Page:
How many times have you heard students complain that they don’t see any value in what they are learning in school or that they will never use the skills their teacher is forcing on them?
Modern education is suffering from a severe lack of student engagement and a widespread apathy among even younger learners regarding their studies. In some classrooms, learning has become tedious, boring and pointless. This isn’t necessarily a curriculum problem. It rather results from a lack of the deep instruction and exploration that truly engages student interests. Teachers and parents can all benefit from learning about and finding ways to engage students on a deeper level in school and after school.
Avoid the Runaway Train of Curriculum
Many teachers and students are burdened with a breakneck pace of instruction. They are required to teach greater and greater volumes of material in ever short amounts of time. This invariably results in a rushed, sometimes even frantic, instructional pace. Students may spend a week or less on any given subject, slam through a packet of worksheets and then take a test. Sometimes there isn’t even room for proper review or practice, let alone deeper and more meaningful activities. This tends to be especially true in math, which also seems to be a subject valued by fewer and fewer students.
The first thing a teacher should do is look for ways to slow down the pace of instruction. This gives students more time to work with the material and focus on really understanding and mastering the concepts. The goal becomes to learn and understand, not just to finish, take a test, get a good grade and move on. Professionals often call this a “mastery approach” to learning. Turn students’ attention away from tests and grades and toward what is really important. This is an important factor in dropout prevention.
The use of technology in education has received mixed support. Some teachers embrace it as a useful tool, and others abhor it as the mother of all distractions. While it’s true that games, phones and tablets can be distracting, they are also great ways to grab and hold student attention when used correctly.
Some schools have taken the approach to move more and more academics and instruction online, creating assignments that are almost entirely computer-based. Those schools then pride themselves on their use of technology in the classroom. This isn’t necessarily the best way to use technology, nor is it the best way to engage students. Technology isn’t just a way to dispense assignments or track grades. It deepens learning and engagement when it is used dynamically and creatively. Teachers and students may create presentations or use games to make learning fun and innovative. The possibilities are nearly endless.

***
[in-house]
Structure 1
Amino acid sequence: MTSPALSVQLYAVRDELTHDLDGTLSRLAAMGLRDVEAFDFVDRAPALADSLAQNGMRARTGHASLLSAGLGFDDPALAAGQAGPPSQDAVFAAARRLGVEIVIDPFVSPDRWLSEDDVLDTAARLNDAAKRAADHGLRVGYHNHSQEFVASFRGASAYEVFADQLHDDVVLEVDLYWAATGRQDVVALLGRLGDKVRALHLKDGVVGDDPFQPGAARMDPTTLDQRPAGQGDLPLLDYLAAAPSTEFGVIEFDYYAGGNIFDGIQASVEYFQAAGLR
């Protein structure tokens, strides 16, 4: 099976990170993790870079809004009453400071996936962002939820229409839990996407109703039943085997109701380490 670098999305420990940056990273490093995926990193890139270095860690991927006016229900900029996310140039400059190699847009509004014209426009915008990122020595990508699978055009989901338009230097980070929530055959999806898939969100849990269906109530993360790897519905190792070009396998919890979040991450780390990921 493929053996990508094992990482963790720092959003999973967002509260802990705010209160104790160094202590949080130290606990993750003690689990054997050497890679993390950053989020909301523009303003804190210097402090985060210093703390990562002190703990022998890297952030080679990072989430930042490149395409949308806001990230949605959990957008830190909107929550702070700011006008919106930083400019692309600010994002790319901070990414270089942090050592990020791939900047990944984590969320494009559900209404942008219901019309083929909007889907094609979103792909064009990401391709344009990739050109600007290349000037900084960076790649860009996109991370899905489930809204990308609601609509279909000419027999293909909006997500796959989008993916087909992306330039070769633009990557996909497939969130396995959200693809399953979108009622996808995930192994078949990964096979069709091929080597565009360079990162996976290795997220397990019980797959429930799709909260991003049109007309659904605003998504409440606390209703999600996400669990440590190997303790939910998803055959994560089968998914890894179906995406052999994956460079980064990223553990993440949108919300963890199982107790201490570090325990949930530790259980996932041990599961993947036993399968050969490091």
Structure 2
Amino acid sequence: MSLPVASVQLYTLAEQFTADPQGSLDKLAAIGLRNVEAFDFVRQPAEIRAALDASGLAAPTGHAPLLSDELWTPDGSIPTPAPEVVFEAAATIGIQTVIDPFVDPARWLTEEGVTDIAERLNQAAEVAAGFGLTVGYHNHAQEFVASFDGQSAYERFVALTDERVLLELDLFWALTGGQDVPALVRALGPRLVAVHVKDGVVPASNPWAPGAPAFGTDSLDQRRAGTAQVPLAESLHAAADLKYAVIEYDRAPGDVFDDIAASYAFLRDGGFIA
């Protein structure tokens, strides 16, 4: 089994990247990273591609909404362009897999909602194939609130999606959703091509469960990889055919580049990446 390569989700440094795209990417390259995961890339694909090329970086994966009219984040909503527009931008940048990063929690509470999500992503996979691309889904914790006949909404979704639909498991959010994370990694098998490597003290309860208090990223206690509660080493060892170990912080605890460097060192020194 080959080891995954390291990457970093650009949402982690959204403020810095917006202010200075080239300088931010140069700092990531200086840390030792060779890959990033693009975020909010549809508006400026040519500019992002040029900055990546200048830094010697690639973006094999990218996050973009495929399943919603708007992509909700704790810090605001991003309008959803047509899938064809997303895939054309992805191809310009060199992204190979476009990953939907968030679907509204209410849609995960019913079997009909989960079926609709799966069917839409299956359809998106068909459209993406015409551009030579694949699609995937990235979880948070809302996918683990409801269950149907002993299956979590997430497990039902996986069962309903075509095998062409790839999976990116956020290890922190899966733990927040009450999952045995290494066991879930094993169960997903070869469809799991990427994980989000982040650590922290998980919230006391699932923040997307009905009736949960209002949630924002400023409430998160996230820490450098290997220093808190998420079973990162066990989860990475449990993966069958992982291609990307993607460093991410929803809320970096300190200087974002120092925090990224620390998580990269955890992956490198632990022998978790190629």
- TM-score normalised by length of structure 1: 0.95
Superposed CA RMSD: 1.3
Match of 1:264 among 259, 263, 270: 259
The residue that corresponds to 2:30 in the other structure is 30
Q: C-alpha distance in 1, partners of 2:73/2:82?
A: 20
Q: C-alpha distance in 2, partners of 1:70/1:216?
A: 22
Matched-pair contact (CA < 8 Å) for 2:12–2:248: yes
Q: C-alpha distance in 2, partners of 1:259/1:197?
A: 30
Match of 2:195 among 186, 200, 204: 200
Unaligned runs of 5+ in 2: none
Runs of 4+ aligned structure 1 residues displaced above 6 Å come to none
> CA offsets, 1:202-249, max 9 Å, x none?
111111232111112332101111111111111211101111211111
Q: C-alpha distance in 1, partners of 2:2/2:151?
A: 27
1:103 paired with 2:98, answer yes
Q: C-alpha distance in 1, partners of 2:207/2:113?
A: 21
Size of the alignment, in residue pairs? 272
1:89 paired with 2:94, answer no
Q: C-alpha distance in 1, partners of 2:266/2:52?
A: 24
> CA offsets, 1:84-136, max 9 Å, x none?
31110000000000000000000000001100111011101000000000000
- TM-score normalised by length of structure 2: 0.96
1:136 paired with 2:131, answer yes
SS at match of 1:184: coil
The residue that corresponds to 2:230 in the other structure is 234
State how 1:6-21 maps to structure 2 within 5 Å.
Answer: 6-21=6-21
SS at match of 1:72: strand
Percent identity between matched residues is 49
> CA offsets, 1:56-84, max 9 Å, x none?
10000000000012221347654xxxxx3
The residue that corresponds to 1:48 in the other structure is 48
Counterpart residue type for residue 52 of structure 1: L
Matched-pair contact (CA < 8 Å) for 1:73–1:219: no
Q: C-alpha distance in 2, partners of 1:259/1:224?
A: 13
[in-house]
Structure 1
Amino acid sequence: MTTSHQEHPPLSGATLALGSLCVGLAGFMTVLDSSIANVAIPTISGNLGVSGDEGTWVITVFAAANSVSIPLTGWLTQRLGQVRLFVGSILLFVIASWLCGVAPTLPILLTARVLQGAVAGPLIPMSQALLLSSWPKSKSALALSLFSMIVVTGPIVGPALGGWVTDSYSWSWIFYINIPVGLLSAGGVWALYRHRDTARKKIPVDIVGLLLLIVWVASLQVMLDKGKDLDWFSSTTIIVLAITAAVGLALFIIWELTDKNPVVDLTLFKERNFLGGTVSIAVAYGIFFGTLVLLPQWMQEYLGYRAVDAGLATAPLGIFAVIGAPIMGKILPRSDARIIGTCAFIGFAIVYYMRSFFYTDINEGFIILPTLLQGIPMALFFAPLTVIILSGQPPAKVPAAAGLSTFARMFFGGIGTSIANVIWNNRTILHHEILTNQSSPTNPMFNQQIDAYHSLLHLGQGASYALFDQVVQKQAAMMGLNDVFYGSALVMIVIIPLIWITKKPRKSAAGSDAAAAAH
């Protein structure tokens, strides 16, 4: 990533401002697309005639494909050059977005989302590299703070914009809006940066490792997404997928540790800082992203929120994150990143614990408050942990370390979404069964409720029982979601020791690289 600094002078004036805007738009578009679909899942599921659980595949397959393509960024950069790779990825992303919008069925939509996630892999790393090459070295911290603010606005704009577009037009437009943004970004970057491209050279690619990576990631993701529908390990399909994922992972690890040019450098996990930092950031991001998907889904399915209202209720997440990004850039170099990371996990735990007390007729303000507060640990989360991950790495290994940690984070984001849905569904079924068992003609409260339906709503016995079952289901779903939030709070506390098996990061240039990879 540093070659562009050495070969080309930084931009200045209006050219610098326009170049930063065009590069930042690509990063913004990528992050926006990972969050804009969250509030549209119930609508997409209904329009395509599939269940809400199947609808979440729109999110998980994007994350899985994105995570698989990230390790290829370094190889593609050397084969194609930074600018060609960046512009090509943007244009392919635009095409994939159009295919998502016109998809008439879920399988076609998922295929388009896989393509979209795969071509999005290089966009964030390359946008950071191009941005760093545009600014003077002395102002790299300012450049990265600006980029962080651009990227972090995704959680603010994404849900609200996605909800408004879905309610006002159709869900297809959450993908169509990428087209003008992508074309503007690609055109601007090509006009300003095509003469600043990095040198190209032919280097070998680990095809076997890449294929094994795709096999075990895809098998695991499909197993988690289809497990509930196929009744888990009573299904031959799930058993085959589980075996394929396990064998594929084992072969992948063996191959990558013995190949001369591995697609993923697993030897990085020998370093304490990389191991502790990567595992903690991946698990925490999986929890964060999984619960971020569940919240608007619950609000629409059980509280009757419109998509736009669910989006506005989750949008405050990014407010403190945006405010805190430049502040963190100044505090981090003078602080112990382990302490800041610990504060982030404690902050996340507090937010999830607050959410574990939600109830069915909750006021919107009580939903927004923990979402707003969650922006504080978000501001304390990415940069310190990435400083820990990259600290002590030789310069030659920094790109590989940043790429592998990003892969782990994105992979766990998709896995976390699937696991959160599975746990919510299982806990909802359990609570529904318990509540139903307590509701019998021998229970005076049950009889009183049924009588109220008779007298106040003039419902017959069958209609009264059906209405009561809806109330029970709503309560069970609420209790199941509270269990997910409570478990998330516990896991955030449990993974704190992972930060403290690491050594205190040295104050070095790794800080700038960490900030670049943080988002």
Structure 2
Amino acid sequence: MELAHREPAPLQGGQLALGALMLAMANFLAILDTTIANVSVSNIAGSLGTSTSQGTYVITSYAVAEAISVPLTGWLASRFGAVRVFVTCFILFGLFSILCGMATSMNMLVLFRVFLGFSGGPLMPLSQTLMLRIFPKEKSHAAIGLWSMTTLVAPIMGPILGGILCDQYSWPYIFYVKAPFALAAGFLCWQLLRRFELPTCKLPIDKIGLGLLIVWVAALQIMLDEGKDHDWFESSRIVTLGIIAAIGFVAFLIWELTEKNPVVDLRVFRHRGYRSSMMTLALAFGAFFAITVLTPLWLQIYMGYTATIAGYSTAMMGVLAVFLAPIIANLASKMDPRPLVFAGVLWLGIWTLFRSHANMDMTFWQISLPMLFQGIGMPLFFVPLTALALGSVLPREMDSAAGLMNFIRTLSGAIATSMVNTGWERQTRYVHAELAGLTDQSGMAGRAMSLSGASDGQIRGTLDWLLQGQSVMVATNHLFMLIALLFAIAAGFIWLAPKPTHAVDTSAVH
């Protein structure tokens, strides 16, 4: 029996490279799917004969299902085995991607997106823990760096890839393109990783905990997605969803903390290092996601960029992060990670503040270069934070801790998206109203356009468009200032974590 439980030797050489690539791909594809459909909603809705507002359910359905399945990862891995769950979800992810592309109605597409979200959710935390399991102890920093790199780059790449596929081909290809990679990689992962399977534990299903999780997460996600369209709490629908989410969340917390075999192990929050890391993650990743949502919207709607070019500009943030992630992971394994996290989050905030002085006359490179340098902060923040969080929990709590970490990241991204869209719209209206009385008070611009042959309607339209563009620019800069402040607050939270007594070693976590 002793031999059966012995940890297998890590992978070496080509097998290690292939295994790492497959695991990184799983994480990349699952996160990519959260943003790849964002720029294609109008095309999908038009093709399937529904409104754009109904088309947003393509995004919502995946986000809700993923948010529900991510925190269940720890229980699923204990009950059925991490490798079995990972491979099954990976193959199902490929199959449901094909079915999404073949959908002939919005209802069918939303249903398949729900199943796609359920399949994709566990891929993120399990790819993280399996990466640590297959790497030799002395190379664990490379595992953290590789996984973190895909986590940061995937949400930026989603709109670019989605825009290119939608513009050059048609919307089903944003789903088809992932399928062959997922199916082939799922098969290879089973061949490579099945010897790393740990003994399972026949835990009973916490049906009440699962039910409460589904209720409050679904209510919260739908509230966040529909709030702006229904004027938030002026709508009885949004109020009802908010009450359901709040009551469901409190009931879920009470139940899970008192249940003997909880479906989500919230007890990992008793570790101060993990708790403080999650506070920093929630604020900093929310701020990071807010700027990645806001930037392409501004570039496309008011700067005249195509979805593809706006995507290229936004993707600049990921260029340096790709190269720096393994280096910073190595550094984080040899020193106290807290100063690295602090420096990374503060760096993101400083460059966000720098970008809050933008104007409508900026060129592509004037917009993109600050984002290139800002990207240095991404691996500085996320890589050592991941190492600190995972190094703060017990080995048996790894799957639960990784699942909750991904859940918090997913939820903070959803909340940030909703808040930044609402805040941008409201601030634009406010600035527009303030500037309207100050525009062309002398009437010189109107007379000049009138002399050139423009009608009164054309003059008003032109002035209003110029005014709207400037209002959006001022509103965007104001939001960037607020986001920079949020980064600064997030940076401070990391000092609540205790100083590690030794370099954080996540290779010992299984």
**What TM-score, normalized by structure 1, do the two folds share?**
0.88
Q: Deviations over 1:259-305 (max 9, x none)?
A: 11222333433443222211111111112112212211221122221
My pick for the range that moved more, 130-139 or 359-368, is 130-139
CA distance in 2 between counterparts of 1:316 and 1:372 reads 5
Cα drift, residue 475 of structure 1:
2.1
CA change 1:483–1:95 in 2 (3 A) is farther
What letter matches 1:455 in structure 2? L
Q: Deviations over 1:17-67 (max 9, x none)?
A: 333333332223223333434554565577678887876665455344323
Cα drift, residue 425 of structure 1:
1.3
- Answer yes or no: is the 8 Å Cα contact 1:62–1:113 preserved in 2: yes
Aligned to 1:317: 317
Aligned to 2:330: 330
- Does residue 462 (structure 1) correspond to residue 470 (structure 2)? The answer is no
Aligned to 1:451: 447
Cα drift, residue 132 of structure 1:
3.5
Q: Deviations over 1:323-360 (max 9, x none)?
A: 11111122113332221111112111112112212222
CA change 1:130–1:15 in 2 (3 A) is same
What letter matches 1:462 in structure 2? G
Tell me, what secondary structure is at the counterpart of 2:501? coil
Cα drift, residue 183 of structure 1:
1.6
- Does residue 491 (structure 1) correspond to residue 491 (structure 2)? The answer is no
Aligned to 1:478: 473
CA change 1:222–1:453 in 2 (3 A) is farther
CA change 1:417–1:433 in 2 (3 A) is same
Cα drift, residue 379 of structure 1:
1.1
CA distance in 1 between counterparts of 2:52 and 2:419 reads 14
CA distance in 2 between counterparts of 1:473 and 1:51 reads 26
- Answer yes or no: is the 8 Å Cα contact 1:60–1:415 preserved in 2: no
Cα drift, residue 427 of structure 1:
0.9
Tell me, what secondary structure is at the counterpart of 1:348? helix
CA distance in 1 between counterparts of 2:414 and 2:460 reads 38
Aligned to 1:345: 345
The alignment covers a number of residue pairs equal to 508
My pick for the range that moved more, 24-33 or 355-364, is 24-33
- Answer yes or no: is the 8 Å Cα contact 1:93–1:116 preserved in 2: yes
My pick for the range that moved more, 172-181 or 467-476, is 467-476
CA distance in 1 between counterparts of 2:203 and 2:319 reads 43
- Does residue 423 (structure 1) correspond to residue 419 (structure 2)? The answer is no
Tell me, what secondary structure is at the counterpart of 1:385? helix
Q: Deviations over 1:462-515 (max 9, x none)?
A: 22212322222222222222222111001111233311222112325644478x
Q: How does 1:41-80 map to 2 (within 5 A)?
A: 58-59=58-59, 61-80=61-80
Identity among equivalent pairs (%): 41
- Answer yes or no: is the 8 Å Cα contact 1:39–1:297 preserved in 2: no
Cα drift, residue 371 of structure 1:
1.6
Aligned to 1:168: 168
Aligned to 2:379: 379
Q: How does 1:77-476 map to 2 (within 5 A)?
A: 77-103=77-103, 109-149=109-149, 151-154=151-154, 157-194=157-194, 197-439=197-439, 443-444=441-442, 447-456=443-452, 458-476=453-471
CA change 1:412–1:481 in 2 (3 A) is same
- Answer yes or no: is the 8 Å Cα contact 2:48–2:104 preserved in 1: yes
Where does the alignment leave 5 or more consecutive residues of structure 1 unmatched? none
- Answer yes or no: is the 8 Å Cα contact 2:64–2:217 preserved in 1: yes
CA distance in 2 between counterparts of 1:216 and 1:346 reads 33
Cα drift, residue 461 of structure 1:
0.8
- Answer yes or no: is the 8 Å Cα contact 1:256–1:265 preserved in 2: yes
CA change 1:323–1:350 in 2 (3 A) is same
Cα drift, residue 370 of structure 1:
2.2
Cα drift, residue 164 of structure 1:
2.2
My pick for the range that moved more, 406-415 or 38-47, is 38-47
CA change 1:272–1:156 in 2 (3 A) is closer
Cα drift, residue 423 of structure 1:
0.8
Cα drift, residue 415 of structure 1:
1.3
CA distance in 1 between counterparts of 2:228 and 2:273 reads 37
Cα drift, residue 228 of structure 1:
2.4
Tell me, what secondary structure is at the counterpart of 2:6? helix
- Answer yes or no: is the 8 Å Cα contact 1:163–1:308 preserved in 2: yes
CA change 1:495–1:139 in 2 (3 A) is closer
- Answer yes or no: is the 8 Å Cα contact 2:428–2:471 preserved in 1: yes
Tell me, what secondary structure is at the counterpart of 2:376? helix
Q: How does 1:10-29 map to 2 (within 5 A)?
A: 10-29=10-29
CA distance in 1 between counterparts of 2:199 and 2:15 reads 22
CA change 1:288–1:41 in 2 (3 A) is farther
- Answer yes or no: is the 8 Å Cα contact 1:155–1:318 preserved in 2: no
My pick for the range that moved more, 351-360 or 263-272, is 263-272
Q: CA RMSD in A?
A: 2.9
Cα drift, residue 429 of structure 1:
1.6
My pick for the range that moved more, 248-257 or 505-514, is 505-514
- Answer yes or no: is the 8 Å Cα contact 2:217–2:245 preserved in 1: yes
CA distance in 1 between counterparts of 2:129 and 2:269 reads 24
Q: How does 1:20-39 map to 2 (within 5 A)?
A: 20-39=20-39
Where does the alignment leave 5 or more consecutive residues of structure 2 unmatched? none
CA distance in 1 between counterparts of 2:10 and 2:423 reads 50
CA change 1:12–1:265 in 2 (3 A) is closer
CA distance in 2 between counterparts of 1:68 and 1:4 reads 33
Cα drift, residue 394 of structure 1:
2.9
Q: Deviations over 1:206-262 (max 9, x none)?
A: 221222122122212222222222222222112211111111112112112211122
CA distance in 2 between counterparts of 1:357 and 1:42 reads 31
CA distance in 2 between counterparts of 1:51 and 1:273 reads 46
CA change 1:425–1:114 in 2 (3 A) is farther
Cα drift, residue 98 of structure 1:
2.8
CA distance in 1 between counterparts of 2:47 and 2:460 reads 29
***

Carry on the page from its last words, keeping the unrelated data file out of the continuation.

Even adults have trouble engaging with something they don’t think is useful or helpful to them, and it’s inappropriate to expect students to be any different. Giving schoolwork meaning is a major factor in dropout prevention. In the frantic rush to meet test score goals and satisfy government standards, education has lost sight of its real purpose: to give students the knowledge, skills and tools that help them be successful and productive citizens.
The cornerstone of engaging academics is to show students how the knowledge and skills are applied to real life. Textbooks and worksheets may attempt to do this with real-world story problems or application problems, but teachers can probably do a far better job through projects or activities. Prompt students to find their own applications for a given subject or skill, do some research and then use what they are learning in a real-life scenario. When students look for and make these discoveries on their own, everything becomes real and meaningful.
Foster the Student-Teacher Relationship
It may go without saying that when a student likes a teacher and enjoys working with them, the student will learn better. It is important for teachers to focus on the human and relationship elements that go along with teaching, and the best teachers are usually masters at doing this. One mark of a great teacher is someone who can make students like them and work with them while not surrendering their power and mastery in the classroom or trying to be a student’s friend.
Respect is the cornerstone of developing this relationship. When students feel that a teacher respects and cares about their feelings and opinions, they are more likely to retain a sense of belonging and value in the classroom. Effective teachers show that keeping control of classroom isn’t about lording power over students. It is instead about creating an environment focused on cooperation, respect and prosperity for everyone involved.
When teachers focus on deepening student learning and focusing on knowledge and mastery rather than just taking tests and meeting standards, everything about school and education is improved. When a student feels involved and connected to their peers and work in the classroom, they are more likely to retain what they have learned and develop a lifelong love of learning. Communities in Schools of Jacksonville works to connect youth local to Duval County to caring adults in the community through afterschool and literacy programming. Visit our site to learn how you can make a difference in a child’s life by becoming a mentor or donating to CIS of Jacksonville.